I was thinking about Donald Trump today, not in the hard-thinking way, more the staring-at-the-ceiling sort of woolgathering you do when you’re a little spacey. Slate ran a story that featured a photo of him in his newest fashion accessory, that ass-ugly MAKE AMERICA GREAT AGAIN hat.
I say “ass-ugly” knowing that some of you might be wearing a similar hat right now, or own a few. Hell, I hardly ever wear hats, and even I own a few. No one in the world would judge you for wearing America’s favorite hat, unless you were wearing it with a zillion-dollar custom-tailored suit, in which case you look ridiculous. Equestrians, whose show clothes range from blazer-type coats to tails, will sometimes pop a billed cap on to cover helmet hair, and it looks sort of dumb with those outfits, too. Everything from the neck down is saying “Downton Abbey,” while the head cries, “Dew Drop Inn.”
Of course, candidates sometimes dress in silly outfits. Even supercool Barry O. was photographed in mom jeans. To err at the closet in the morning from time to time is human, to forgive, divine.
And I forgive Trump his hat, but bottom line, I have a problem with men who can’t come to terms with baldness. It’s so common, and detracts so little from a man’s appearance, and is such a light burden to carry compared with all the stuff women have to worry about — bums and breasts and face and thighs and whatever else the fashion-and beauty-industrial complex is on about at any given time. When the trend toward skull shaving began (almost certainly by some guy sensitive about a receding hairline), I thought, good for you, guys. Fight baldness with baldness! Whatever.
Seriously, though, I say this with love and candor: Women don’t really care whether a guy has hair or not. Maybe some do, but it’s been my experience that once you select for the important qualities — personality, sense of humor, basic sanity, etc. — you can’t be picky about the rest of it. And I’m absolutely sure that even women who want a guy with enough hair to run her fingers through do not prefer a toupee to a shortfall up top. I’ve never trusted men who wore them, because they’re so ridiculously obvious to all that you have to wonder who, exactly, he thinks he’s fooling. Bob Greene, Jim Traficant, John Travolta — come on. We see, we know, we pity. Pity is not an attractive emotion.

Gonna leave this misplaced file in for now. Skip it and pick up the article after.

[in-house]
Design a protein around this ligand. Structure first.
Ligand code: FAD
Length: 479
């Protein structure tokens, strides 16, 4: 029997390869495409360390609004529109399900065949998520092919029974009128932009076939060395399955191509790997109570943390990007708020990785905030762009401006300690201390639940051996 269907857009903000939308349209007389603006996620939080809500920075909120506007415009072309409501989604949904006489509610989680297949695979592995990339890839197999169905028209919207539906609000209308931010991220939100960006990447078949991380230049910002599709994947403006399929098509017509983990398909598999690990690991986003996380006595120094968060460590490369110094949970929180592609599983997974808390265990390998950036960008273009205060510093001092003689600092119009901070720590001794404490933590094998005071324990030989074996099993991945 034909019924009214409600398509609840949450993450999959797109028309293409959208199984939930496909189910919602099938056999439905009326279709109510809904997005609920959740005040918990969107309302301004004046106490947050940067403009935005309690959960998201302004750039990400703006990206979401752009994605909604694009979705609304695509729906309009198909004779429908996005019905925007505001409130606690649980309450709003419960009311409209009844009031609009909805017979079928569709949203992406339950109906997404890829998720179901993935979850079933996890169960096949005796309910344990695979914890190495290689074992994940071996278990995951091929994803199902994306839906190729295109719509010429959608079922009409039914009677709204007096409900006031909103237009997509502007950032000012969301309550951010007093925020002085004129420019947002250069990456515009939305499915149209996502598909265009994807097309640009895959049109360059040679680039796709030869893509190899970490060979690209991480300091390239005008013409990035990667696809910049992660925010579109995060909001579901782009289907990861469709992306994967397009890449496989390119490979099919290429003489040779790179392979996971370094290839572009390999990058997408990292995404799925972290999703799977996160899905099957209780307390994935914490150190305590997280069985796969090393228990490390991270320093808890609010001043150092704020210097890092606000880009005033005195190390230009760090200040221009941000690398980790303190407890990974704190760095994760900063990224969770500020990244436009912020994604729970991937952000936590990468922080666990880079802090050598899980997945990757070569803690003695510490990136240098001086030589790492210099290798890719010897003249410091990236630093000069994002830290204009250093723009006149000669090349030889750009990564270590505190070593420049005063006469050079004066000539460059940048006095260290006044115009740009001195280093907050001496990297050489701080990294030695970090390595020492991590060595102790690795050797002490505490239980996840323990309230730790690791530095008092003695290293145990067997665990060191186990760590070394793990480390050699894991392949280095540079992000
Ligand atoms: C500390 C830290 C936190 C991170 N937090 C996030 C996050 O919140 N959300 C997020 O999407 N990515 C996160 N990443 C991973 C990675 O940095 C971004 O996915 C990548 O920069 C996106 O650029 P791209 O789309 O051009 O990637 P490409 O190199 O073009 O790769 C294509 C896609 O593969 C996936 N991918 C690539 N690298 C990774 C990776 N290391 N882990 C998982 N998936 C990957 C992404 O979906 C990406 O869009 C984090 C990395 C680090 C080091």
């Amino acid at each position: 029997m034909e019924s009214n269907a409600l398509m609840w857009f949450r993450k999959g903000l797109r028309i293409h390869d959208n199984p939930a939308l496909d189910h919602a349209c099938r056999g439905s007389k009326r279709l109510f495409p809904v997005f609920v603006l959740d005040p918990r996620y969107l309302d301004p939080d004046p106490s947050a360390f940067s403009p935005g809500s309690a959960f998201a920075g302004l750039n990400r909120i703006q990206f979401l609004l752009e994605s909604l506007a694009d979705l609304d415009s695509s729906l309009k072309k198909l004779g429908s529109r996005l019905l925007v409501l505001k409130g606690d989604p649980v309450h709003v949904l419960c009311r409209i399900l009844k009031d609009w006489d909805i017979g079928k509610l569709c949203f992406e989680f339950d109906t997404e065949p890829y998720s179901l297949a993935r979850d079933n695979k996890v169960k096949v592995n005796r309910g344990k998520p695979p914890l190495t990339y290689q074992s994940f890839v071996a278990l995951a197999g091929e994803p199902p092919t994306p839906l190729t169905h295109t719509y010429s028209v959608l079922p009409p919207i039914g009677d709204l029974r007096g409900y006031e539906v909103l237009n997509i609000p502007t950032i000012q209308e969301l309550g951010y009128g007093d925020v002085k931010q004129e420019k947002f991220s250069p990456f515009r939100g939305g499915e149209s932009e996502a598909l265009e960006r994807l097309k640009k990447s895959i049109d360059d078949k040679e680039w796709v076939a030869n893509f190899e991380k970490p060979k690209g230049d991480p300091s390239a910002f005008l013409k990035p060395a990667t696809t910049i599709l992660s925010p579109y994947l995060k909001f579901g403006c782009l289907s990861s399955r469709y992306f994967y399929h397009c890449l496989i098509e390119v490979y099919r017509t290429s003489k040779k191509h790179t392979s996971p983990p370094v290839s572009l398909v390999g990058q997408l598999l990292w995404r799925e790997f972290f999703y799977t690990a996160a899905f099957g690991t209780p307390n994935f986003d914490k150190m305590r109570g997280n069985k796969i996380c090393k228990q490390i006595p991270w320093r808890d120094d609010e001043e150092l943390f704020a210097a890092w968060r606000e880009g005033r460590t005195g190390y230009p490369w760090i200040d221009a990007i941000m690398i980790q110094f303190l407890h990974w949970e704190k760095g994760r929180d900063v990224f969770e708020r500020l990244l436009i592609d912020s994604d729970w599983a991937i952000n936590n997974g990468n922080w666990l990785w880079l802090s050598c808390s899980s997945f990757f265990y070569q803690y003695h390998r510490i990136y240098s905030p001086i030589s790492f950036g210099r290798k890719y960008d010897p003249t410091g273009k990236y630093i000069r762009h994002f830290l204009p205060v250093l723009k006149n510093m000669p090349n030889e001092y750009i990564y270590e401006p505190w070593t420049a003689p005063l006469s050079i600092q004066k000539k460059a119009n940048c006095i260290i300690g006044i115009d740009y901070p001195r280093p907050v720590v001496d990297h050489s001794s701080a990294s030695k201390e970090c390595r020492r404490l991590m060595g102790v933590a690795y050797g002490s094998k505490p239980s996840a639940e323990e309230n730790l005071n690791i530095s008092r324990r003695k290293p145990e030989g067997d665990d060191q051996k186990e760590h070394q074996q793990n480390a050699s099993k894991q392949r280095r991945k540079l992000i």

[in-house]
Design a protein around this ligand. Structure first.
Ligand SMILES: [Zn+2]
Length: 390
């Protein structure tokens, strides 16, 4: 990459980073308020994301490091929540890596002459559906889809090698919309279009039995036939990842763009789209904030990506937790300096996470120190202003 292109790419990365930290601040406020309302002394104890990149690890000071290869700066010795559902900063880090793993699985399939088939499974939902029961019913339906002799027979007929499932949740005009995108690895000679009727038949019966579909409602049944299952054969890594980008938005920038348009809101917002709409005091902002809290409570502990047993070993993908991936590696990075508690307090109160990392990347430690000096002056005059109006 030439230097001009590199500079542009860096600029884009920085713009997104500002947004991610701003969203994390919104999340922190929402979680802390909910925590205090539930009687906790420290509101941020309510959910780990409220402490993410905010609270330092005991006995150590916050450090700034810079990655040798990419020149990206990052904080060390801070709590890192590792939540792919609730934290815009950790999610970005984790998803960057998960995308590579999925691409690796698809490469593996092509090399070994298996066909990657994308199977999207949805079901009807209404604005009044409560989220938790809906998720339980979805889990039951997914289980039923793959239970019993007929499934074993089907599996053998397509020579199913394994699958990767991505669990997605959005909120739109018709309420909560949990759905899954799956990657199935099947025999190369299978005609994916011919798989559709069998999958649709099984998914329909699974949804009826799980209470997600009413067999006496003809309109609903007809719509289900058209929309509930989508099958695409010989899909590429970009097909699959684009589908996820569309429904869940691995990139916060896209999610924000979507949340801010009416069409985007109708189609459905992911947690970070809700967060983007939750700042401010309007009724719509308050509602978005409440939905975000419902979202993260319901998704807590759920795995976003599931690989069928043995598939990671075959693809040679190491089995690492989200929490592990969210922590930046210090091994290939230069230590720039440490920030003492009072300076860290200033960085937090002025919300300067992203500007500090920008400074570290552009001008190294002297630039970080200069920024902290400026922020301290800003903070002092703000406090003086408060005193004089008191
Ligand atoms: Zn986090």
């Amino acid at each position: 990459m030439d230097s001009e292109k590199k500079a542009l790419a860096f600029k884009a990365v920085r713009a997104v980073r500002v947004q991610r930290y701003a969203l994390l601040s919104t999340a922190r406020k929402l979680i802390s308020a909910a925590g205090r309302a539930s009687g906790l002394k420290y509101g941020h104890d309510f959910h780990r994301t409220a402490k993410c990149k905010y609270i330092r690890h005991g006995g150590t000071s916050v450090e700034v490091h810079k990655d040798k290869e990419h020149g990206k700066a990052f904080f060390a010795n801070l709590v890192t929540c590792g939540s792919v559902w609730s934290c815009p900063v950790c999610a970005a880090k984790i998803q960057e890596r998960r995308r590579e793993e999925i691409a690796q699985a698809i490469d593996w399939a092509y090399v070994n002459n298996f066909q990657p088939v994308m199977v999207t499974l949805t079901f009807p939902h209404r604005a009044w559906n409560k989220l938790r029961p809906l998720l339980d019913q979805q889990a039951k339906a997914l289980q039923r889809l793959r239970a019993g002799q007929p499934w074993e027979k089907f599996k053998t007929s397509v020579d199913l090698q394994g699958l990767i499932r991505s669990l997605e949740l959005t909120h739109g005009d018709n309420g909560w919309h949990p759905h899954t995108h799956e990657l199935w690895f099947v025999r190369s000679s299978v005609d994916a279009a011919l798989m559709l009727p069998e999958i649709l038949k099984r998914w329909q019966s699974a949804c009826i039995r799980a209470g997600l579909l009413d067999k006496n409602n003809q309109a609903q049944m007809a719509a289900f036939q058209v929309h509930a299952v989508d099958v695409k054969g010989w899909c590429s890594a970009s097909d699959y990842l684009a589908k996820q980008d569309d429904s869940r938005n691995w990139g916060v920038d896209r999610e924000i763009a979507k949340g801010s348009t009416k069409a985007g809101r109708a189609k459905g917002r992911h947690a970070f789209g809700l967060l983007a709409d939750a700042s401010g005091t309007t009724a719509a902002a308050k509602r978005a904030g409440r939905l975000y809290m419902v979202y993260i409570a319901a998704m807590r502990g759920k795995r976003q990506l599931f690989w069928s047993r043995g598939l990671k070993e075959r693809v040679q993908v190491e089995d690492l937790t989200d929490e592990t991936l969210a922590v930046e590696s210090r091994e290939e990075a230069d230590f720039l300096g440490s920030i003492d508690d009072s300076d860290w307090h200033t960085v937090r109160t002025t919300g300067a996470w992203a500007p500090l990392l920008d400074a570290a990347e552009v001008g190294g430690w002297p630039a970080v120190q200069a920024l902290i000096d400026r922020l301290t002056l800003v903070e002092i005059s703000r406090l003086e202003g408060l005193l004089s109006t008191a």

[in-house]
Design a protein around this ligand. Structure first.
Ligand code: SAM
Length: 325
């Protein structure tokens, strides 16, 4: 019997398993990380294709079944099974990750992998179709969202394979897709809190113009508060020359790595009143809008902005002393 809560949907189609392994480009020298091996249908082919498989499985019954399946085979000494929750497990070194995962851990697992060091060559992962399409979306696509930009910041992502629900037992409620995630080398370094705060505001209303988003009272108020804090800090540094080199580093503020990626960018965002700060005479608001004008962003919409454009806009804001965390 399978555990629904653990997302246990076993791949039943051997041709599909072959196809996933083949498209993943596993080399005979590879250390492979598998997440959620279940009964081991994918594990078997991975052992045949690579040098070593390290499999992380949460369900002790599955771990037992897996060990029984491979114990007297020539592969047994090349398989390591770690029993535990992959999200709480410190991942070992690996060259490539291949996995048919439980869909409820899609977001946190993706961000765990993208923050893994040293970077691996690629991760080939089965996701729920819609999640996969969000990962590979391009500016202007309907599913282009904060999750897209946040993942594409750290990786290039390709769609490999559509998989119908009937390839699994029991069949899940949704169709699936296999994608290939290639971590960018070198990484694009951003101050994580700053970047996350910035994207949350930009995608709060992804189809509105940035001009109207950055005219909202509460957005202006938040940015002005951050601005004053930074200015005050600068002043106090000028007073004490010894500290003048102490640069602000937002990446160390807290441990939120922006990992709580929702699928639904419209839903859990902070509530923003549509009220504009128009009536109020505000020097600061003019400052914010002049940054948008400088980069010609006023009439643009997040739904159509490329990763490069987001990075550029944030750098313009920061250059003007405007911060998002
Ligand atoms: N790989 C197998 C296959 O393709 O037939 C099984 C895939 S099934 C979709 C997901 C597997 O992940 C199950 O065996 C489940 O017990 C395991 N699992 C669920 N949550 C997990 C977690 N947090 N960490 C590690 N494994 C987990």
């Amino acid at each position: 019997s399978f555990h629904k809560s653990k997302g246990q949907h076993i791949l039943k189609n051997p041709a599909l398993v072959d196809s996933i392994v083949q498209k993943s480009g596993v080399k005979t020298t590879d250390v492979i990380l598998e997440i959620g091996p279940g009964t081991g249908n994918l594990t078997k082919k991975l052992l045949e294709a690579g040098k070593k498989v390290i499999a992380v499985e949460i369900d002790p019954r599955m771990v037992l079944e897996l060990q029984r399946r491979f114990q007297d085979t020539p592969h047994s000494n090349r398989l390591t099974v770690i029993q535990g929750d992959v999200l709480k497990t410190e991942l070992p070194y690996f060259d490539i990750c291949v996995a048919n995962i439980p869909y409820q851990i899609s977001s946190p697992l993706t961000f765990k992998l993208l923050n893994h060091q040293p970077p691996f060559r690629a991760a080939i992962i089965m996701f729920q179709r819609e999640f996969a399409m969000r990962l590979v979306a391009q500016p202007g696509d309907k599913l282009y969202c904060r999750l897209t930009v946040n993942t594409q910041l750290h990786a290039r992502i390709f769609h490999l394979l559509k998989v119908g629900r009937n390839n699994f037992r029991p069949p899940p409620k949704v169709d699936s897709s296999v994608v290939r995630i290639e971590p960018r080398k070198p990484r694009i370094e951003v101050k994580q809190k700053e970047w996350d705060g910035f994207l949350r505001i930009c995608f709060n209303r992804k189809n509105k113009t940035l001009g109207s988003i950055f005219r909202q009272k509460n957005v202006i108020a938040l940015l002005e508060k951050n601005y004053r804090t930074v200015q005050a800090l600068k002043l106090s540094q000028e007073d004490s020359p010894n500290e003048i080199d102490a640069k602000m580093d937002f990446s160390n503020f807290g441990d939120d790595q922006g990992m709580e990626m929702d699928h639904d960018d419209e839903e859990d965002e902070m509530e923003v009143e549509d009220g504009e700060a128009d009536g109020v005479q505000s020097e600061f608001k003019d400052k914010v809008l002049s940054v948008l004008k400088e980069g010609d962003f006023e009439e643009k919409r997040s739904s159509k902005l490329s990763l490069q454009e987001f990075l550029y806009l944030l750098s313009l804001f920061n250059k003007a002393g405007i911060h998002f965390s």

Nor is vanity. Pride in appearance is not the same thing. Vanity is pride taken to an unattractive length. Pride is accepting baldness. Vanity is a toupee.
So there’s Donald Trump running around in that stupid hat, apparently because the wind blows in Iowa and on helicopter pads, telling the world no one is tougher than him. Even though he can’t bear to face his own natural head in the mirror. Give me a fucking break.
Here’s something else I was thinking about, after hearing about it on the drive home: Heroin. The White House is rolling out a small program in the worst-hit states for heroin addiction, concentrating on treatment, not incarceration. On the one hand, yay, good idea. I guess it beats horsewhipping the CEOs of the major pharmaceutical companies that started this problem in the first place, anyway.
I was reflecting on how often government is the one left to clean up the messes that the free market creates. Make no mistake, you can draw a straight and true line from the efforts of Purdue Pharma and others to create a wider market for opiate painkillers in the late ’90s to the heroin epidemic (and related health issues) we have today. It’s not even debatable. I remember sitting in the office of a former colleague, who blamed the problem on those damn drug abusers, who just couldn’t leave a perfectly good, incredibly powerful narcotic drug alone so that it could help people with real pain issues. What was so great about Oxy? I asked. Well, he explained, it was time-release, so a person wouldn’t have to cycle through ouch-ahh-ouch-ahh so often. That strikes me now as exactly the sort of thing a certain sort of person would see as a brilliant advance in technology. Unintended consequences are just that — unintended. If they’re not intended, you shouldn’t be held responsible for them.
Anyway, I’m glad the administration is finally treating drug addiction as a public-health problem. And I’m sorry that horsewhipping isn’t part of the solution, too. Progressives are always squishy on punishment, I hear.
Sorry for the no-show for most of today. Sunday was busy, and then we just decided to go sailing. By mid-August, the number of sunny, hot and windy days no longer feels unlimited.
Happy Tuesday, all.